A toggle is a switch that has two positions: on and off. It’s used in software and hardware to turn features on or off. A common example is the Caps Lock or Num Lock key on a keyboard. In software it’s used in options menus where a checkbox can be toggled on or off. A toggle can also be a piece of metal or other material that is passed transversely through a hole or loop in a chain, rope, etc., as to bind it temporarily. The word is derived from the English verb toggle, meaning “to pass transversely through.”
In a user interface it’s important for users to understand how to use toggle switches. They should be clearly labeled and positioned within an accessible area of the screen. It’s also helpful to use visual cues, such as movement and color, to indicate when a toggle is changing states.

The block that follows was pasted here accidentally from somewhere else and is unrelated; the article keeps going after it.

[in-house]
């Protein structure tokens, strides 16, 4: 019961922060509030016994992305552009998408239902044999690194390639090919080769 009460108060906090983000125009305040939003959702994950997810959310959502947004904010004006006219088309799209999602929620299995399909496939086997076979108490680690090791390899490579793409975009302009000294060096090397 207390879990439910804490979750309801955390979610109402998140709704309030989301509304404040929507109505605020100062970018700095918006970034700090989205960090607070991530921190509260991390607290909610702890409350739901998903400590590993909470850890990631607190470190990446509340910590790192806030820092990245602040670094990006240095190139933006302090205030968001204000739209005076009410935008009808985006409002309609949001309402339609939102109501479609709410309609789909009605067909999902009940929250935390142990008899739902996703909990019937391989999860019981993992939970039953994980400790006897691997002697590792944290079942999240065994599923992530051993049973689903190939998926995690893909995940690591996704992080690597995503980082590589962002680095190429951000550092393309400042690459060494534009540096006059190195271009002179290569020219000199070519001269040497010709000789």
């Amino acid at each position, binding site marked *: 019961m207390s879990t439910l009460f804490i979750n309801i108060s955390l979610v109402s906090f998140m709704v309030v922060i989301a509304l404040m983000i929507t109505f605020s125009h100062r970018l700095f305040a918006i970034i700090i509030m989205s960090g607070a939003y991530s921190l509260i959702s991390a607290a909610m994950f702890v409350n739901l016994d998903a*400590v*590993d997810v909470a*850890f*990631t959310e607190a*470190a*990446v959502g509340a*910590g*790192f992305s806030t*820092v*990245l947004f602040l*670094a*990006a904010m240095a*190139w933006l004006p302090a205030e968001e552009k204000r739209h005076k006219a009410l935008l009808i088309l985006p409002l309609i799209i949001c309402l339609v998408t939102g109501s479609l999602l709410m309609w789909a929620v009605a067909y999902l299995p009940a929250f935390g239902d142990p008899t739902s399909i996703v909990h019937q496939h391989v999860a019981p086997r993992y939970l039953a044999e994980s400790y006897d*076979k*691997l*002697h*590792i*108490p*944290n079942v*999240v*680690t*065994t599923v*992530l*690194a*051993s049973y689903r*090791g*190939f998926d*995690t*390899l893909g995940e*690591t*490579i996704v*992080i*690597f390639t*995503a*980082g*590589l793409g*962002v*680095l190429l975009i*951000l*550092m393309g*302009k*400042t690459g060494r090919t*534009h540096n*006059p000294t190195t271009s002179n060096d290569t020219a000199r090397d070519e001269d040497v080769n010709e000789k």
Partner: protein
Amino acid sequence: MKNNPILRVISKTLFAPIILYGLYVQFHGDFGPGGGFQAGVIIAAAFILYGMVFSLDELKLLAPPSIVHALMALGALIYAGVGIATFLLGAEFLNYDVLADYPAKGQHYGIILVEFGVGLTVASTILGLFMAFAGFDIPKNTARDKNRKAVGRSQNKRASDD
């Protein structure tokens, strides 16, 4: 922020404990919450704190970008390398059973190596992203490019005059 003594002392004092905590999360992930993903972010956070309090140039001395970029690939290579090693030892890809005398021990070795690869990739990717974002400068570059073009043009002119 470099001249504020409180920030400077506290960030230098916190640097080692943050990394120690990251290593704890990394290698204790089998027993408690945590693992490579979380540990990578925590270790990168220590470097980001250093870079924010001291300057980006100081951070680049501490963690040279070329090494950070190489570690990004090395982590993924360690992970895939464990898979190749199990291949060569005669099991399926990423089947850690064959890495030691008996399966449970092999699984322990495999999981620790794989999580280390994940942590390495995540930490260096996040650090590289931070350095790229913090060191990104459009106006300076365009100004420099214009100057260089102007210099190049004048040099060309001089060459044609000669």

It’s also important to be able to test the toggles in your application. This can be accomplished through a variety of means from simple commenting to leveraging preprocessor features, such as #ifdef, to dynamically re-configure service instances. While these methods are useful they can have a significant impact on the cycle time of your testing and validation process, especially when working with Experiment Toggles or other toggles that may need to be re-deployed multiple times during an experiment.
Savvy teams view their Feature Toggles as inventory that comes with a carrying cost and seek to keep the amount of toggles in their codebase to a minimum. Toggle removal tasks are frequently added to a team’s backlogs and some teams even put “expiration dates” on their toggles.